There has been a great deal of research and thought aimed at sustainability, annual growth and harvest rate of hardwood species. In fact, the American Hardwood Export Council (AHEC) has created an interactive platform, Grown in Seconds, to illustrate the sustainability of American hardwoods, how swiftly wood used for a variety of projects regrows naturally in American forests. This platform, together with the AHEC website, will provide environmentally concerned architects, developers and manufacturers with an easy source of information to help in selecting the most suitable materials. As an example, Sir Terence Conran, commissioned sustainable designer, Sebastian Cox to create a workspace for his office. The material used included red oak and cherry.


Data used was gathered by the US Forest Service to track the annual growth and harvest rates of every hardwood species to calculate how quickly wood used in projects can be regrown within the forests of the United States. Also supported by environmental consultants ThinkStep, AHEC aims to promote a better understanding of the true environmental benefits of using American hardwoods in design and manufacture. The US Forest Service Forest Inventory and Analysis (FIA) program has gathered this data for decades, tracking the rate at which each species of American timber grows and is harvested, by county, across the entire country.


How to make the most of a symbiotic relationship:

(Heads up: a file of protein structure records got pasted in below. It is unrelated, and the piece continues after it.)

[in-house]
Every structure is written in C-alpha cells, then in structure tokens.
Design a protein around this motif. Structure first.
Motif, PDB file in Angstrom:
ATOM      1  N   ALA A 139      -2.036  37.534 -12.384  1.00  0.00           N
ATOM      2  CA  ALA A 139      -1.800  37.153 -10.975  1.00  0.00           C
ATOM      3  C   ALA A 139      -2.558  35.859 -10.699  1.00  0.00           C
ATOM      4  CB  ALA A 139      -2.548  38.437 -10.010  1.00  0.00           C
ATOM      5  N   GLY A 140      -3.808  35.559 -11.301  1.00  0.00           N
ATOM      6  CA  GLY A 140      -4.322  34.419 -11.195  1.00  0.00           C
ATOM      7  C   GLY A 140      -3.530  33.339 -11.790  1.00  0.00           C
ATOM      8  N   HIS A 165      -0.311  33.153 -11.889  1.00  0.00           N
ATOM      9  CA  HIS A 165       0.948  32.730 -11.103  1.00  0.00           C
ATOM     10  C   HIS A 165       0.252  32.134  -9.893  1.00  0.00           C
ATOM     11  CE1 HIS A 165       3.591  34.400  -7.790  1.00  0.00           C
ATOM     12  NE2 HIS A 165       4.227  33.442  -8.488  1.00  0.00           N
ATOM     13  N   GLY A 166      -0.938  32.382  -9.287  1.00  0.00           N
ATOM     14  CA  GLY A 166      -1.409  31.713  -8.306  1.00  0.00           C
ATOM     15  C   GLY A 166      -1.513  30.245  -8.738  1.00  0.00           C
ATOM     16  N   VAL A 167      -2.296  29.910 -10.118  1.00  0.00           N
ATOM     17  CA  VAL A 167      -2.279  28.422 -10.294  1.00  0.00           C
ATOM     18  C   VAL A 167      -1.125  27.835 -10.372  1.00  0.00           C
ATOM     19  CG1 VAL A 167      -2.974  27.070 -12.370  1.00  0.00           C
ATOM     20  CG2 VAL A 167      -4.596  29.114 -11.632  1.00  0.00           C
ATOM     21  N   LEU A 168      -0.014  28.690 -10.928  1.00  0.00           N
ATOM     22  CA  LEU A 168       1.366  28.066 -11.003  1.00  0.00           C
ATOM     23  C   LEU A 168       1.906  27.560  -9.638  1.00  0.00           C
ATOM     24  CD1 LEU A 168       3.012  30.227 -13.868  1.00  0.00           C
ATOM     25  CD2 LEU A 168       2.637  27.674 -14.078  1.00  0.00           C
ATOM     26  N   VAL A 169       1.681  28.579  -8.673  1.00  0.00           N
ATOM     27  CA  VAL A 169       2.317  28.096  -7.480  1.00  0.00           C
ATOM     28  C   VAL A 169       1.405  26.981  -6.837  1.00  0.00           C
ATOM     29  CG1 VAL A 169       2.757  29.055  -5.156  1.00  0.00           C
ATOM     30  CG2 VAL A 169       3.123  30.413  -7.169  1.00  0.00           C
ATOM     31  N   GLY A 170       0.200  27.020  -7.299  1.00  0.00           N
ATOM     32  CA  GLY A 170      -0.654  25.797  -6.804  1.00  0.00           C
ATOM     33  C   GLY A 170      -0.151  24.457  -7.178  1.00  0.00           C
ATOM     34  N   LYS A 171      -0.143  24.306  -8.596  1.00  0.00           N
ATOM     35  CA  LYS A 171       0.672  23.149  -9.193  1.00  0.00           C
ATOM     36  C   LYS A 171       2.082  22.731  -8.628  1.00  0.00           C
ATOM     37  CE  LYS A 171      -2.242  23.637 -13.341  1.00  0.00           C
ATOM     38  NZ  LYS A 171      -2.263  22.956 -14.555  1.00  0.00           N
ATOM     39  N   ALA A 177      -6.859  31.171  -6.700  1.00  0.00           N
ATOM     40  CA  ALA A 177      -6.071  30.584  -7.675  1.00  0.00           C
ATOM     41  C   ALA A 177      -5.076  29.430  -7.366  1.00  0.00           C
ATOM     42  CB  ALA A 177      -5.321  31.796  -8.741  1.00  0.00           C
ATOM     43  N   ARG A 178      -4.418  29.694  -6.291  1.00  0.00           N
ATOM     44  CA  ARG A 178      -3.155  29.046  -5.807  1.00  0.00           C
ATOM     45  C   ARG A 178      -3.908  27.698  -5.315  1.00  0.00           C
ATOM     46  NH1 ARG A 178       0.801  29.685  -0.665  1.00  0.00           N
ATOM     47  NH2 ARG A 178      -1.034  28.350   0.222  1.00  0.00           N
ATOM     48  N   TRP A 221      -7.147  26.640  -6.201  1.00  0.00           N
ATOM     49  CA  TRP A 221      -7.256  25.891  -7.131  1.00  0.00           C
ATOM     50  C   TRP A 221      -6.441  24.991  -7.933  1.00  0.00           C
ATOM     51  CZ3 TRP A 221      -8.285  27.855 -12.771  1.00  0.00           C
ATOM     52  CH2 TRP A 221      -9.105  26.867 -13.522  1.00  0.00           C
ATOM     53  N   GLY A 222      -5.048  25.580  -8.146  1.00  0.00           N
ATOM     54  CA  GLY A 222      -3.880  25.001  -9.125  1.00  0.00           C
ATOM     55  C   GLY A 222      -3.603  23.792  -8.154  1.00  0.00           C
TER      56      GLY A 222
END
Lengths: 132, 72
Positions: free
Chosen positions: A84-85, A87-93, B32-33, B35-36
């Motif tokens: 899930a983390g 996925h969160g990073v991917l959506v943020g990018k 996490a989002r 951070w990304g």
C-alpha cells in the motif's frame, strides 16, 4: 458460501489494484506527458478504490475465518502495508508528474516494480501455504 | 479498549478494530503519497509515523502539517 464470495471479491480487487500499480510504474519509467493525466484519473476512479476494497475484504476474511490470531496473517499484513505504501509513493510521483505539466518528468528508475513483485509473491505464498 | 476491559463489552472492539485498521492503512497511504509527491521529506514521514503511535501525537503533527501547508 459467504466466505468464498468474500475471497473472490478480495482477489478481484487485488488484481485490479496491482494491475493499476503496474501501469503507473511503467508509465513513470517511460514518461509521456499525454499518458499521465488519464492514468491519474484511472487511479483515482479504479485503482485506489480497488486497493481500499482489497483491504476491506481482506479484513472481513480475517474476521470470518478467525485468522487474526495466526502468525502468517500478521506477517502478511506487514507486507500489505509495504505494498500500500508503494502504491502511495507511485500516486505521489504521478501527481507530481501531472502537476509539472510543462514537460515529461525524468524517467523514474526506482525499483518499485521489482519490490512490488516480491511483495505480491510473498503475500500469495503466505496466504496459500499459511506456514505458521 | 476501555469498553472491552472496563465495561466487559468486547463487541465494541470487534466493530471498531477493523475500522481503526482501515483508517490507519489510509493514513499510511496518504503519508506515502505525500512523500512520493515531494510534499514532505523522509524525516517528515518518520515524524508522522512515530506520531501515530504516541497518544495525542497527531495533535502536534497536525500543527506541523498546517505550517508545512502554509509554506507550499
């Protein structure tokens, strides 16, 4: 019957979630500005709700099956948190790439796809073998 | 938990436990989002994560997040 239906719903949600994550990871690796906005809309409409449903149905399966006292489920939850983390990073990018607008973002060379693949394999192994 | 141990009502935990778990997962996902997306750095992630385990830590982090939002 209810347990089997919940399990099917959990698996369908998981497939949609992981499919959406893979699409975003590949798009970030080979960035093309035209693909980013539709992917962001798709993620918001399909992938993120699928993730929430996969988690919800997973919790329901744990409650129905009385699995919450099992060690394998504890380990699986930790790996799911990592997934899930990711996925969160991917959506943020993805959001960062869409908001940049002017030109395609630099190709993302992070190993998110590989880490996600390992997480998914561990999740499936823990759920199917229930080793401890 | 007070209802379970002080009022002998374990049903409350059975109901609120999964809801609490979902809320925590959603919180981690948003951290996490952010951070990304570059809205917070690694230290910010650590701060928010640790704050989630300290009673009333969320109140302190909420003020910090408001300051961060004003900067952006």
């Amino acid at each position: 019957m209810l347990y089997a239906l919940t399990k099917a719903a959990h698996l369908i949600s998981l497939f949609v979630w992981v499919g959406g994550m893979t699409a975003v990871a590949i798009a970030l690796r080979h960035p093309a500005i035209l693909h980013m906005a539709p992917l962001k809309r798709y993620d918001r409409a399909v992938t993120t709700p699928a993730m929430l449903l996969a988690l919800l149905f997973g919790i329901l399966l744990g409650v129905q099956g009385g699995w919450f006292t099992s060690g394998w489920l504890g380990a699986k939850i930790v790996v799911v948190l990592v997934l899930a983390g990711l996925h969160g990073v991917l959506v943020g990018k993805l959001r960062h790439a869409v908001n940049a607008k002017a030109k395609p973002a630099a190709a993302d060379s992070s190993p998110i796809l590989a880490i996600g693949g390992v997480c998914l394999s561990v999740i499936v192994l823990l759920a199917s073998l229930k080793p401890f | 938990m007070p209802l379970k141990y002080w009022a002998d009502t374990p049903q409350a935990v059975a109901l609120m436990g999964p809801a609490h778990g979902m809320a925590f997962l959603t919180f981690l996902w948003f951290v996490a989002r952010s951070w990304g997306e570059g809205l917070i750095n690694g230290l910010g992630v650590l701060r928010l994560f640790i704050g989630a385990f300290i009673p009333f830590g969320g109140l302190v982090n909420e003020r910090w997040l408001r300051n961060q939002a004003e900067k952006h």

Real estate professionals need loan officers to sell homes and loan officers need home buyers to stay in business. That means real estate professionals and loan officers both benefit from a good relationship with one another, after all, you are both on the same team. Realtors want to make their clients happy and if a loan officer helps accomplish that, a healthy relationship will ensue. Culpability is key in an interwoven relationship which is the striving point for realtor/loan officer relations. If you are dependable, you will attract higher-end relationships.


All relationships need open and effective communication. Loan Officers must remember that Real Estate Agents and their clients are waiting on information from the Lender. Timely and effective communication is vital to maintain credibility with the borrower. The real estate agent’s rapport with the client is imperative to the process. If the customer isn’t happy, everyone loses. Remember, relationship building takes time, particularly the trust factor.


A Joint effort between L.O. and Agent can make a huge difference is the success of both parties. For instance, try doubling up on social media channels. Engage with each other on social media to create opportunities for success. Share content and links to further help each other reach more people with a dually purposeful message.



It’s the day before Thanksgiving, and the butcher is just locking up when a man begins pounding on the front door.

“Please let me in,” says the man desperately. “I forgot to buy a turkey, and my wife will kill me if I don’t come home with one.”

“Okay,” says the butcher. “Let me see what I have left.” He goes into the freezer and discovers that there’s only one scrawny turkey left. He brings it out to show the man.

“That’s one is too skinny. What else you got?” says the man.

The butcher takes the bird back into the freezer and waits a few minutes and brings the same turkey back out to the man.

“Oh, no,” says the man, “That one doesn’t look any better. You better give me both of them!”





(Copyright 2016 Chrisman LLC. All rights reserved. Occasional paid job listings do appear. This report or any portion hereof may not be reprinted, sold or redistributed without the written consent of Rob Chrisman. To subscribe please visit www.knowledgeforrealestateagents.com.)